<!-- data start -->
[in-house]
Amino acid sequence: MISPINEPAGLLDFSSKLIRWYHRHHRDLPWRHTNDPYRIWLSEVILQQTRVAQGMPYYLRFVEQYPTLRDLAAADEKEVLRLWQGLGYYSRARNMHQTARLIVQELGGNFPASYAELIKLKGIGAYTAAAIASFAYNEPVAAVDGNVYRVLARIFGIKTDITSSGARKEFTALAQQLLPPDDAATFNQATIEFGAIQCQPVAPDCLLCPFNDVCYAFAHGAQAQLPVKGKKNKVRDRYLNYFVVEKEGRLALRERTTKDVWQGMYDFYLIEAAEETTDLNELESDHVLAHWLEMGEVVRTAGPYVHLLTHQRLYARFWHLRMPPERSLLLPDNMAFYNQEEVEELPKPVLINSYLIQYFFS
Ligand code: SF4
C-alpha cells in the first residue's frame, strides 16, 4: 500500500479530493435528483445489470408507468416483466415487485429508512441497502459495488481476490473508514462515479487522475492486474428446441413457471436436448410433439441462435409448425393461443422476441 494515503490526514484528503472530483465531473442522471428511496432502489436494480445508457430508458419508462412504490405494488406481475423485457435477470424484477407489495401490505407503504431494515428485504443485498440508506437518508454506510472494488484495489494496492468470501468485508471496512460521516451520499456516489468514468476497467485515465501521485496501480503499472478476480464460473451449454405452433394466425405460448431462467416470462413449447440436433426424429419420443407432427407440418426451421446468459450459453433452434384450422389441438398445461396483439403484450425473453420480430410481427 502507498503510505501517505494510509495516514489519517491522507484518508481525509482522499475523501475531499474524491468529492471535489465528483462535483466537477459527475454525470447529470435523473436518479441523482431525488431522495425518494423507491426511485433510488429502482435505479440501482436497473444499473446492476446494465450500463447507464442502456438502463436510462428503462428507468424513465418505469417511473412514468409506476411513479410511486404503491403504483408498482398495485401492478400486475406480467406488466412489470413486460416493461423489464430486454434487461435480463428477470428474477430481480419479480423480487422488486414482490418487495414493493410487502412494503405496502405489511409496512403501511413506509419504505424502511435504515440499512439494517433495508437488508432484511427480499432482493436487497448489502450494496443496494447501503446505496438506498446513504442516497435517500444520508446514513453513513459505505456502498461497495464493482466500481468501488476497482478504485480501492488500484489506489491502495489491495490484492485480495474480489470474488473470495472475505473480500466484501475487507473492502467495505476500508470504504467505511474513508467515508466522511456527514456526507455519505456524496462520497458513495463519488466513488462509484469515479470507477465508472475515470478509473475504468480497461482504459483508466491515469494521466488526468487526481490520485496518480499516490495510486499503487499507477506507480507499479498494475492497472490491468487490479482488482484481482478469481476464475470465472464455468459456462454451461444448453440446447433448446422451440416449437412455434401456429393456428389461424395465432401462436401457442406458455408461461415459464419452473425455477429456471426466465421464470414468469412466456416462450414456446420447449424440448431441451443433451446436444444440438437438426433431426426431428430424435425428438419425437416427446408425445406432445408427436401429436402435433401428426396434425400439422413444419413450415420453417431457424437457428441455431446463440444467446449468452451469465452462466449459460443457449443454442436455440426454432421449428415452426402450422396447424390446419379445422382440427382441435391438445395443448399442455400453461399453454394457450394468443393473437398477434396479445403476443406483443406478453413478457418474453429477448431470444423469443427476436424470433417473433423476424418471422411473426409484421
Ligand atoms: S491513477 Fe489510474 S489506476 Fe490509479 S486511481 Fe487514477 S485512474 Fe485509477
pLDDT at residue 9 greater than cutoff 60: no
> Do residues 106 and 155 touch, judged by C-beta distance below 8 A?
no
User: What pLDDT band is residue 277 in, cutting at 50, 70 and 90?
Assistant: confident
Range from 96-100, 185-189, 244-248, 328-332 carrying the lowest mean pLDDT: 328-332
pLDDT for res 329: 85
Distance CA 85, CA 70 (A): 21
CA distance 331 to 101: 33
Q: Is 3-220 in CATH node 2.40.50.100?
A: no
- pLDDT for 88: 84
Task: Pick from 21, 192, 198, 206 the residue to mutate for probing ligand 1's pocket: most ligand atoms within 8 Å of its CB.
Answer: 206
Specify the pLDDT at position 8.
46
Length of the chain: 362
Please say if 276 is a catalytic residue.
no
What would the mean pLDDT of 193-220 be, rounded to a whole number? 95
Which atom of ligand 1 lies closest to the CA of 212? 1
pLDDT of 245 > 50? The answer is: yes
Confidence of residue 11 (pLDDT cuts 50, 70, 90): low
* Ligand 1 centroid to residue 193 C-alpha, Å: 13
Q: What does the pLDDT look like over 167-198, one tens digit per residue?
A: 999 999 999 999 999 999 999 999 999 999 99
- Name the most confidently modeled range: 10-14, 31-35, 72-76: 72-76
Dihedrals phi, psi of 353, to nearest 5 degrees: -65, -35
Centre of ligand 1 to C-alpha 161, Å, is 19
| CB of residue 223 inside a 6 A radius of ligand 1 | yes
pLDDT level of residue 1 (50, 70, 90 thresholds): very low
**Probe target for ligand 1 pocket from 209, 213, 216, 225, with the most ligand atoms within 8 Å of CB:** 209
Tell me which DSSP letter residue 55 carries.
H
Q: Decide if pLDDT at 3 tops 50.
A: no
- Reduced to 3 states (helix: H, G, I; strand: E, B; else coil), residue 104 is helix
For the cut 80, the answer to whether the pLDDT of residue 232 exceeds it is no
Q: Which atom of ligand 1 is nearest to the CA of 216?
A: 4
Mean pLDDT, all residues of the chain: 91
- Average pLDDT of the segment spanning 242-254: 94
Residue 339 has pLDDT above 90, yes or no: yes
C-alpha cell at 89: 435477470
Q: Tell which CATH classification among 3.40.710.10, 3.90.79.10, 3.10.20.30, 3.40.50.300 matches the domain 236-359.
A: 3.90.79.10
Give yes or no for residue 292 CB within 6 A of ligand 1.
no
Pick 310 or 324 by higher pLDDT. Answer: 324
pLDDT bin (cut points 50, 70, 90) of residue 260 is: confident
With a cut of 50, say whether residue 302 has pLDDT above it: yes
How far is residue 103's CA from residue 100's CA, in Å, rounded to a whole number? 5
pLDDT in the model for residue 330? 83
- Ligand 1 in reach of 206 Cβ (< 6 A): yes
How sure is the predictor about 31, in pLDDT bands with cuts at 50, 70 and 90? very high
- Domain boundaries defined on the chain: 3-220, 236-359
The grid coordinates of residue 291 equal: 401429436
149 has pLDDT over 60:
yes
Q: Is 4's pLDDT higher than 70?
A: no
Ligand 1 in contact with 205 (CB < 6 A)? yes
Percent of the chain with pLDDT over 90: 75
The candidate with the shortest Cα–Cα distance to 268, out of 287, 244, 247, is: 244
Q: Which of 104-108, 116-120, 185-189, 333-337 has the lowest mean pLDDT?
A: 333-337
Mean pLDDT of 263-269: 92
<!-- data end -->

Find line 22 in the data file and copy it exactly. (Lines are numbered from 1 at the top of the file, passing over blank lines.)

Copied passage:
Length of the chain: 362